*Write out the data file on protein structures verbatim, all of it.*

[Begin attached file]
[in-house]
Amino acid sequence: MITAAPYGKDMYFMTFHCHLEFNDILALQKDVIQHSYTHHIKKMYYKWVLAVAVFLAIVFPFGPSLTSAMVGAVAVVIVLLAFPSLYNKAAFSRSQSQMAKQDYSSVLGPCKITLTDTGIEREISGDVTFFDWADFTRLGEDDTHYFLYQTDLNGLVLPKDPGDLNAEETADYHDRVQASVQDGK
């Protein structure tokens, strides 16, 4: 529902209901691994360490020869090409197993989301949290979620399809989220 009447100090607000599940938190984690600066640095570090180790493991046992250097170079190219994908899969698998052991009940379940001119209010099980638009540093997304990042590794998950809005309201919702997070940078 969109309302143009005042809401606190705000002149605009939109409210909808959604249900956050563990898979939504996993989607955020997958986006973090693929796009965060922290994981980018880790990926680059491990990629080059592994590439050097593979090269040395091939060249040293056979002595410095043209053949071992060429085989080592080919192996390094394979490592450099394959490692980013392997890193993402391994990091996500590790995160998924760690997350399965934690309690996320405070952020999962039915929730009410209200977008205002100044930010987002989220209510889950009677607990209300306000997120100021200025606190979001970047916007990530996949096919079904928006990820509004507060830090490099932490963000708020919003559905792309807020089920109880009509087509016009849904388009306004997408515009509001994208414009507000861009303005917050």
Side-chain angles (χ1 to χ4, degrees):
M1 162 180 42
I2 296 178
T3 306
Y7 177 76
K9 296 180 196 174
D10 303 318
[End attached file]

[in-house]
Amino acid sequence: MITAAPYGKDMYFMTFHCHLEFNDILALQKDVIQHSYTHHIKKMYYKWVLAVAVFLAIVFPFGPSLTSAMVGAVAVVIVLLAFPSLYNKAAFSRSQSQMAKQDYSSVLGPCKITLTDTGIEREISGDVTFFDWADFTRLGEDDTHYFLYQTDLNGLVLPKDPGDLNAEETADYHDRVQASVQDGK
């Protein structure tokens, strides 16, 4: 529902209901691994360490020869090409197993989301949290979620399809989220 009447100090607000599940938190984690600066640095570090180790493991046992250097170079190219994908899969698998052991009940379940001119209010099980638009540093997304990042590794998950809005309201919702997070940078 969109309302143009005042809401606190705000002149605009939109409210909808959604249900956050563990898979939504996993989607955020997958986006973090693929796009965060922290994981980018880790990926680059491990990629080059592994590439050097593979090269040395091939060249040293056979002595410095043209053949071992060429085989080592080919192996390094394979490592450099394959490692980013392997890193993402391994990091996500590790995160998924760690997350399965934690309690996320405070952020999962039915929730009410209200977008205002100044930010987002989220209510889950009677607990209300306000997120100021200025606190979001970047916007990530996949096919079904928006990820509004507060830090490099932490963000708020919003559905792309807020089920109880009509087509016009849904388009306004997408515009509001994208414009507000861009303005917050």
Side-chain angles (χ1 to χ4, degrees):
M1 162 180 42
I2 296 178
T3 306
Y7 177 76
K9 296 180 196 174
D10 303 318